Small offices don’t have to be short on style or function. Some of the best designs happen in bite-size pieces. Knowing how to use space to your advantage can help save money and encourage creativity without compromising.
If your office seems square-footage challenged, here are 4 ways to help you make the most of what you’ve got:
Determine How Many Desks You Really Need
Do all of your workers really need a dedicated desk that’s his or hers alone? The days of a separate office for every worker evolved into a more open plan, and that’s evolving yet again. With portable laptops, work can go anywhere. This is as true inside an office as it is for telecommuters who might only make an office appearance occasionally.
Notice how many desks are always used (or rarely used), and also think about where workers tend to gather for collaboration. You may find that you need much fewer desks than you imagined.
With fewer desks comes the need for alternate work spaces. Some workers will need solitude from time to time, and collaborative work also needs a place to thrive. With a few sofas or groups of chairs scattered through the office, you can accommodate everyone’s needs.
Don’t Worry So Much About Space
The old estimate required approximately 250 square feet of space per worker. These days, a better estimate is about 150 square feet, according to Entrepreneur magazine. The reasons are smaller computers, and much less hard-copy storage needs. Almost everything is digital, so filing cabinets and binders are much less prevalent.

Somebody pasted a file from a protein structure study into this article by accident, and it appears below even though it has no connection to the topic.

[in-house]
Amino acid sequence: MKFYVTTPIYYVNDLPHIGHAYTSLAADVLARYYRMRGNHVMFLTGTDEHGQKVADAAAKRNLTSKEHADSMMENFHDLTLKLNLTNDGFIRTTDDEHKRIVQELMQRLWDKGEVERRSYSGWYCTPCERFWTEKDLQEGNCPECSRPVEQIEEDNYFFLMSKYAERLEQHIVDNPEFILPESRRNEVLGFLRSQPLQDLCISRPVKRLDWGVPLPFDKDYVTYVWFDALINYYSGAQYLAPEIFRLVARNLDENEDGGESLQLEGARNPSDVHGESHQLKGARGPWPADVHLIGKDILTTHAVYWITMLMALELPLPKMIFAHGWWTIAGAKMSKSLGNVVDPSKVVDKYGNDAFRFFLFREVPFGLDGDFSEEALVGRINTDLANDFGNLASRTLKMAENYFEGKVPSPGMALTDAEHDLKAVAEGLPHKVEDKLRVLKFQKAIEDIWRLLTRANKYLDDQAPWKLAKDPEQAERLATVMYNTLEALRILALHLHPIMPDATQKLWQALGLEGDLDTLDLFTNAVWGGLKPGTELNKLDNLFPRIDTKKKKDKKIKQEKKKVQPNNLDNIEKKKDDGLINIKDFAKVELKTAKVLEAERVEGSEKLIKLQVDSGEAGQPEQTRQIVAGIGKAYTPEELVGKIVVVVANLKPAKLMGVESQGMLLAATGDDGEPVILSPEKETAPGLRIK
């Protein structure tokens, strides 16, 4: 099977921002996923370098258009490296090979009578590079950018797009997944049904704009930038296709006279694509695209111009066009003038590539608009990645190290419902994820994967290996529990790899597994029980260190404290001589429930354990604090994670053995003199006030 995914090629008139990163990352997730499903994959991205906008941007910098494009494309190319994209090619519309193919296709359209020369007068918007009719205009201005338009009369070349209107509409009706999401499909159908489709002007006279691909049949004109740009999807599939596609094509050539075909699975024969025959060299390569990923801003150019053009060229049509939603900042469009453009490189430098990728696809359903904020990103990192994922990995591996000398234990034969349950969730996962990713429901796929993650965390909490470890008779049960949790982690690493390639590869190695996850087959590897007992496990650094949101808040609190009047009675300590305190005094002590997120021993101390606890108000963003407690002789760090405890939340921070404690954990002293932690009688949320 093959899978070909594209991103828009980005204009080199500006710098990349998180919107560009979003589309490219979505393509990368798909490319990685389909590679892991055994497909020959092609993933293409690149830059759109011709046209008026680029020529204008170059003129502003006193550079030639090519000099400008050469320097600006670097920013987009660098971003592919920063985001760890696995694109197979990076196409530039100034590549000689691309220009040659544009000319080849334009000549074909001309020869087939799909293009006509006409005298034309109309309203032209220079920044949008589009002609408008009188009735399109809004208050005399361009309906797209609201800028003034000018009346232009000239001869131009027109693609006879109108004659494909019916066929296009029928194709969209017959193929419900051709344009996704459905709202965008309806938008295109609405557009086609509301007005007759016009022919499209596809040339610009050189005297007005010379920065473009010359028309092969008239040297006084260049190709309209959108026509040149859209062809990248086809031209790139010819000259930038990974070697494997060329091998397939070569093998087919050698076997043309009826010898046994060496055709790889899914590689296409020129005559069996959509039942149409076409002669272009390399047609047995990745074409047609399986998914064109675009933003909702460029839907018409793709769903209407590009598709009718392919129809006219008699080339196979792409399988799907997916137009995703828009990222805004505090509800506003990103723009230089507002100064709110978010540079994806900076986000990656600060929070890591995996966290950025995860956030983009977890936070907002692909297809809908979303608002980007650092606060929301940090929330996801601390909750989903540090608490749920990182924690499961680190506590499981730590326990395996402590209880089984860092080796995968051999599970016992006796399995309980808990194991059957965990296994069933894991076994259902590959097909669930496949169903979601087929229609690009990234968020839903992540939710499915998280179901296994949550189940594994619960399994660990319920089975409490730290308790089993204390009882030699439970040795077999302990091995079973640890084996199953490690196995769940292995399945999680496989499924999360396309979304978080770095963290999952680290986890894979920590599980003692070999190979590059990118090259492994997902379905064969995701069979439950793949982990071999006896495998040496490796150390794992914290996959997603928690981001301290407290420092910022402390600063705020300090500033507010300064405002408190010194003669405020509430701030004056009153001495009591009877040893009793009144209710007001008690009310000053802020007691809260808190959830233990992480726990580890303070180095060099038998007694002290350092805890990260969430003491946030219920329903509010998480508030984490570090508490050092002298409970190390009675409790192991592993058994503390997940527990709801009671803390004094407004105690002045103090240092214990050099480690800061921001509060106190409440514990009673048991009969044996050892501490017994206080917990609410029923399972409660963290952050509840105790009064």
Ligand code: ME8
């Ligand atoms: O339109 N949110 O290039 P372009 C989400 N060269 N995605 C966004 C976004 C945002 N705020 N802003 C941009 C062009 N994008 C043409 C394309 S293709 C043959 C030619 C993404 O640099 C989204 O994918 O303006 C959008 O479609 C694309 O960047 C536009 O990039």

Another concern about tight working quarters is the lack of privacy or freedom to speak freely. But an interesting thing happens when you group workers together instead of spacing them far apart. Conversation creates a hum through the office, and that provides a natural audial screen.
Make Windows Count for Everyone
Forget about strictly partitioned walls, and open up the office to natural light. Small spaces seem more confining when each work station has a tall divider. The only people lucky enough enjoy a window are those along the exterior wall.
When you open up the office with lower cubicles or open-workstations, everyone benefits from natural light. And if you really do need partitions, think about glass. Workers get the privacy they need, but still share the benefits of sunlight. Natural light is also shown to reduce eye fatigue, as compared to artificial light.
Keep the Work Space Flexible
Planning for “what if” can mean you’ll spend more and use more space than you need to. Choosing furniture that’s portable lets you change your floor plan, or at least part of it, any time you like.
As an example, you probably don’t need a conference room every day, and maybe not even every week. If you’re short on room, furniture with wheels lets you move tables together and bring in chairs to create temporary meeting spaces, and then reclaim the area for other work once the meeting is over.
Space isn’t as important as how you use it. A small office can be more efficient, and more fun to work in, than a large one if it’s planned the right way. We can help you design the best use for the square footage you have, and offer furniture solutions that make it fit together perfectly.